Roger Fisher, one of the cofounders of the Program on Negotiation at Harvard Law School and Samuel Williston Professor of Law, Emeritus, was honored on the 8th of April with a celebration of his career, research, and contributions to both the HLS community and the field of negotiation. … Read More
The hardest step in negotiation is often the first. Costly lawsuits can drag on it everyone is afraid to be the first to blink. Prospective buyers and sellers can waste endless hours dancing around a possible deal. And in collective bargaining, labor and management teams sometimes paint themselves into corners by refusing to negotiate “matters … Read Leading Horses to Water
The good news is the lockout is over and the NBA will be back in business on Christmas Day. The bad news is that as a result of the contract dispute, fans across America have been disappointed and millions of dollars have been lost. Ticket takers, security guards, bars, restaurants and parking lots near the arenas … Read William Ury interviewed on the NBA lockout
The PON Film Series presents “The Interrupters” followed by a post-screening discussion with William Ury, co-author of Getting to YES & Gary Slutkin, Executive Director of Chicago’s Ceasefire Date: Tuesday, November 15, 2011 Time: 6:30 PM Location: Ames Courtroom, Austin Hall, Harvard Law School Campus The Interrupters tells the moving and surprising stories of three Violence Interrupters who try to protect their Chicago … Read PON Film Series presents “The Interrupters”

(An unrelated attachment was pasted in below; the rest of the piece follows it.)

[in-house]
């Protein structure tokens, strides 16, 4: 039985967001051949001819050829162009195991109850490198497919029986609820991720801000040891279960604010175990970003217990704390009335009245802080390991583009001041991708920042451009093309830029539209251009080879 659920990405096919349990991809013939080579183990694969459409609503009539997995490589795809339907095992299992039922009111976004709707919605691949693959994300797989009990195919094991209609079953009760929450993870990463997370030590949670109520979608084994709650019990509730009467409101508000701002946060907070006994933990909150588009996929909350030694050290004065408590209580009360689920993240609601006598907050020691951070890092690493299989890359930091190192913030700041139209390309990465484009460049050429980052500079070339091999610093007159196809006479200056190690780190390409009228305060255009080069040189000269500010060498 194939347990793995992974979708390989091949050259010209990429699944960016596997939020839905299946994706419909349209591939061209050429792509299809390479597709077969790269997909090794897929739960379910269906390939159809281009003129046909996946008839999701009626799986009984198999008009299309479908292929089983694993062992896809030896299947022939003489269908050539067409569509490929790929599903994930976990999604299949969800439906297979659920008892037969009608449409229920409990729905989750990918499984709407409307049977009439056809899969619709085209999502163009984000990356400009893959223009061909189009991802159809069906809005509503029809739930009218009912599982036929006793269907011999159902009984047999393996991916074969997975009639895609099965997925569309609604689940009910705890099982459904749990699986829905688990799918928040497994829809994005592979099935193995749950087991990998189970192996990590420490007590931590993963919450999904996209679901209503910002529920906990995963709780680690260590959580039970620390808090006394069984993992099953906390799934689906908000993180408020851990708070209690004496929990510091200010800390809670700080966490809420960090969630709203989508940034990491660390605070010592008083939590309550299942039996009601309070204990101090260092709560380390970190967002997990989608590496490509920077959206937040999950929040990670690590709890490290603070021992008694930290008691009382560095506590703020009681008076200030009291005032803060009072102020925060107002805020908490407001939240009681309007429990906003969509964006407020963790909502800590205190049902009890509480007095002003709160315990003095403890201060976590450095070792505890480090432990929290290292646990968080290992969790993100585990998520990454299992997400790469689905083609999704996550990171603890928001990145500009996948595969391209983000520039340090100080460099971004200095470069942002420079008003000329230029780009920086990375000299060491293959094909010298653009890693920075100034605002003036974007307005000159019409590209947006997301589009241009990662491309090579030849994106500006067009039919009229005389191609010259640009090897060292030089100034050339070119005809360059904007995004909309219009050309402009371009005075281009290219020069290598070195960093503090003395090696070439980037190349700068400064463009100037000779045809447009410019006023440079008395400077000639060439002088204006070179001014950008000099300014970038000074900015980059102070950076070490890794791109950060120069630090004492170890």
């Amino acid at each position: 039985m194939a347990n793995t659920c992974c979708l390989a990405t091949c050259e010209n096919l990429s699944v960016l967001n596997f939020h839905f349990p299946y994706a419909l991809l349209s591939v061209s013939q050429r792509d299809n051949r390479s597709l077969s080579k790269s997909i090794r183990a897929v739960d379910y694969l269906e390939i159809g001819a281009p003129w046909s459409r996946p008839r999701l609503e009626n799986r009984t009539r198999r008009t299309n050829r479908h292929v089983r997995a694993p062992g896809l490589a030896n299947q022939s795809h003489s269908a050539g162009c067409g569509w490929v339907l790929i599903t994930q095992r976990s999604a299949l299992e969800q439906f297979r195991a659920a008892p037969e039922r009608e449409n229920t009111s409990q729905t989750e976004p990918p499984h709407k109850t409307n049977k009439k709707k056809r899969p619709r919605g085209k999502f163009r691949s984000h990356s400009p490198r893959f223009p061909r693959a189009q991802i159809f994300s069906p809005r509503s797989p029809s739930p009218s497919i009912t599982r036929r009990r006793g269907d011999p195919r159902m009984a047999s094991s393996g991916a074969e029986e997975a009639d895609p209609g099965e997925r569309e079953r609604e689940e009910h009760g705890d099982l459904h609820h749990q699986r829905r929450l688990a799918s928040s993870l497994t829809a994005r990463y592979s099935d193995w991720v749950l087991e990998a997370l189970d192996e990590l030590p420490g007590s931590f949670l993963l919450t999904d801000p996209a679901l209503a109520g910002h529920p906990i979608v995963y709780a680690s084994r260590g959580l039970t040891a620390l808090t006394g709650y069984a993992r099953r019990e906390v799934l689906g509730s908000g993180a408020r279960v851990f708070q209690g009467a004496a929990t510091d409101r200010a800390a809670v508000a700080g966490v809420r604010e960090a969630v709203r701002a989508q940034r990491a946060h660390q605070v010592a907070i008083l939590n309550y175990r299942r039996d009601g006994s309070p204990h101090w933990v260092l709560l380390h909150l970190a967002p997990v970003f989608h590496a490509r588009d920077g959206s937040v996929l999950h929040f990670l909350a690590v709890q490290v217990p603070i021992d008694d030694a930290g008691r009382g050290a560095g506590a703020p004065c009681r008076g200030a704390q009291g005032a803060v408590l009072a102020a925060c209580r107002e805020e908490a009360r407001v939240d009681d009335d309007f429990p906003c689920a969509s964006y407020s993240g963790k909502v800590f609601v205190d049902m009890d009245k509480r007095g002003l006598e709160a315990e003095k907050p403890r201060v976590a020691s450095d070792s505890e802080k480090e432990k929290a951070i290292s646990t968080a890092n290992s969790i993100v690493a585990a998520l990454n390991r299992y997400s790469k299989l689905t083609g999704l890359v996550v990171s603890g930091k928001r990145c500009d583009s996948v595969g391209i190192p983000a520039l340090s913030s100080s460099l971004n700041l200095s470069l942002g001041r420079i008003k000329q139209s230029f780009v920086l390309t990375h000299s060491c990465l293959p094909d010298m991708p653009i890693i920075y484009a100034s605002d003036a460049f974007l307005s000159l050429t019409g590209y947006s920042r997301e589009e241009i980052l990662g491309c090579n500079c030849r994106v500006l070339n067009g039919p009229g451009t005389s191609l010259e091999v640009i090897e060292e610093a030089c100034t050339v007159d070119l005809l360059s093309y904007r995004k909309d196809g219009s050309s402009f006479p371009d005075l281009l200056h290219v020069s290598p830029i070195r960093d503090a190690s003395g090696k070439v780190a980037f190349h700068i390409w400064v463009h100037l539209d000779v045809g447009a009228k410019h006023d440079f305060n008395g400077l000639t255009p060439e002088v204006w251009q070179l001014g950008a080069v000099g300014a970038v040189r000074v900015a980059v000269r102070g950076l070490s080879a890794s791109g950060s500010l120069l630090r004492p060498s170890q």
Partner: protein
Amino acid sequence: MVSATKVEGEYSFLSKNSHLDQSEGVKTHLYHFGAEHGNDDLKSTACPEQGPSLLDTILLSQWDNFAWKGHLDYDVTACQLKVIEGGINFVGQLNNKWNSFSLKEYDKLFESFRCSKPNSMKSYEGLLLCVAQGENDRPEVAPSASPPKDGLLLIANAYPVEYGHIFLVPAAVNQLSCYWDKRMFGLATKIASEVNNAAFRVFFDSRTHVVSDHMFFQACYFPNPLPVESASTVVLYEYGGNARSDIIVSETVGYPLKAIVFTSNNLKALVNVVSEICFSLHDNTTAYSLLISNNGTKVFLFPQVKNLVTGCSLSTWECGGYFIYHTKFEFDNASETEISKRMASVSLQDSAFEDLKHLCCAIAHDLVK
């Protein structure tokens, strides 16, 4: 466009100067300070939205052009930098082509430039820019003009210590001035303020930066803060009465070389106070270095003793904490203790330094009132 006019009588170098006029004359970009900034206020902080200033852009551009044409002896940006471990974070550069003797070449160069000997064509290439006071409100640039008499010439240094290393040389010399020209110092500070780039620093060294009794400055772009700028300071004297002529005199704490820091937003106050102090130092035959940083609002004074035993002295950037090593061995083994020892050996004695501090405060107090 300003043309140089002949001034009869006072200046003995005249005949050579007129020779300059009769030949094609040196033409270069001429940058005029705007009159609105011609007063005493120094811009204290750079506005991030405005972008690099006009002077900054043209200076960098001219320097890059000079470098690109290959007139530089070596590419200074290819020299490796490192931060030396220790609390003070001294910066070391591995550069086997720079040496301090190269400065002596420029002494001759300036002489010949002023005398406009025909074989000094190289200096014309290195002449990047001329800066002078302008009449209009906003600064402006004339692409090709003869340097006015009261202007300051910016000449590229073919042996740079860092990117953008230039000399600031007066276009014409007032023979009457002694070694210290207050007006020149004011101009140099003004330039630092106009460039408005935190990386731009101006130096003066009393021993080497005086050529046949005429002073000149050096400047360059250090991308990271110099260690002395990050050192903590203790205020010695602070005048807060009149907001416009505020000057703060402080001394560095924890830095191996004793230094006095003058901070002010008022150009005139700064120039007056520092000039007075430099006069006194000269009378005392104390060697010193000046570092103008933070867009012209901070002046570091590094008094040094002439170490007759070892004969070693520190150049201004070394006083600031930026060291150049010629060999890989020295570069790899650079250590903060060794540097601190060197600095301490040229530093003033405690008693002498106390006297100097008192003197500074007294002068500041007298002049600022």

In a recent article published in the Washington Post, Dr. William Ury, co-founder of the Program on Negotiation, suggests that Republicans and Democrats hammering out a deal on the national debt ceiling could benefit from the experience of negotiators. Professional negotiators know that certain tactics can backfire in tense situations. Issuing ultimatums, publicly criticizing your counterpart, … Read More
Adapted from “Leading Horses to Water,” first published in the Negotiation newsletter. The hardest step in negotiation is often the first. Costly lawsuits can drag on if everyone is afraid to be the first to blink. Prospective buyers and sellers can waste endless hours dancing around a possible deal. And in collective bargaining, labor and management … Read How to Get to the Table